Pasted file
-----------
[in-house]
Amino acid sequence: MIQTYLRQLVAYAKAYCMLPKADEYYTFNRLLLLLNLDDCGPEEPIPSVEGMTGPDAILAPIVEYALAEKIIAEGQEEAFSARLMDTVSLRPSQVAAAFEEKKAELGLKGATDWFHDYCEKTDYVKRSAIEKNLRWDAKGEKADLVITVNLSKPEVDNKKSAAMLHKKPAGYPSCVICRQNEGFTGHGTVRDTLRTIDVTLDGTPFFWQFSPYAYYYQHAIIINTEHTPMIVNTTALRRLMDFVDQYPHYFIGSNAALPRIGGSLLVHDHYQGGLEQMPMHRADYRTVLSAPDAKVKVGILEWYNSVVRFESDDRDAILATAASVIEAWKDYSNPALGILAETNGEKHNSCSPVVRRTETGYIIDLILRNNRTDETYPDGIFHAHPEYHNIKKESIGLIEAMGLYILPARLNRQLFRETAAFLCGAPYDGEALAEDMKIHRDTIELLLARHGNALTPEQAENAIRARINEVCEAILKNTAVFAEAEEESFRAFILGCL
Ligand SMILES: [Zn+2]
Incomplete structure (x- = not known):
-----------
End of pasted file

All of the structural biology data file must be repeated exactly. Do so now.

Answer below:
[in-house]
Amino acid sequence: MIQTYLRQLVAYAKAYCMLPKADEYYTFNRLLLLLNLDDCGPEEPIPSVEGMTGPDAILAPIVEYALAEKIIAEGQEEAFSARLMDTVSLRPSQVAAAFEEKKAELGLKGATDWFHDYCEKTDYVKRSAIEKNLRWDAKGEKADLVITVNLSKPEVDNKKSAAMLHKKPAGYPSCVICRQNEGFTGHGTVRDTLRTIDVTLDGTPFFWQFSPYAYYYQHAIIINTEHTPMIVNTTALRRLMDFVDQYPHYFIGSNAALPRIGGSLLVHDHYQGGLEQMPMHRADYRTVLSAPDAKVKVGILEWYNSVVRFESDDRDAILATAASVIEAWKDYSNPALGILAETNGEKHNSCSPVVRRTETGYIIDLILRNNRTDETYPDGIFHAHPEYHNIKKESIGLIEAMGLYILPARLNRQLFRETAAFLCGAPYDGEALAEDMKIHRDTIELLLARHGNALTPEQAENAIRARINEVCEAILKNTAVFAEAEEESFRAFILGCL
Ligand SMILES: [Zn+2]
Incomplete structure (x- = not known):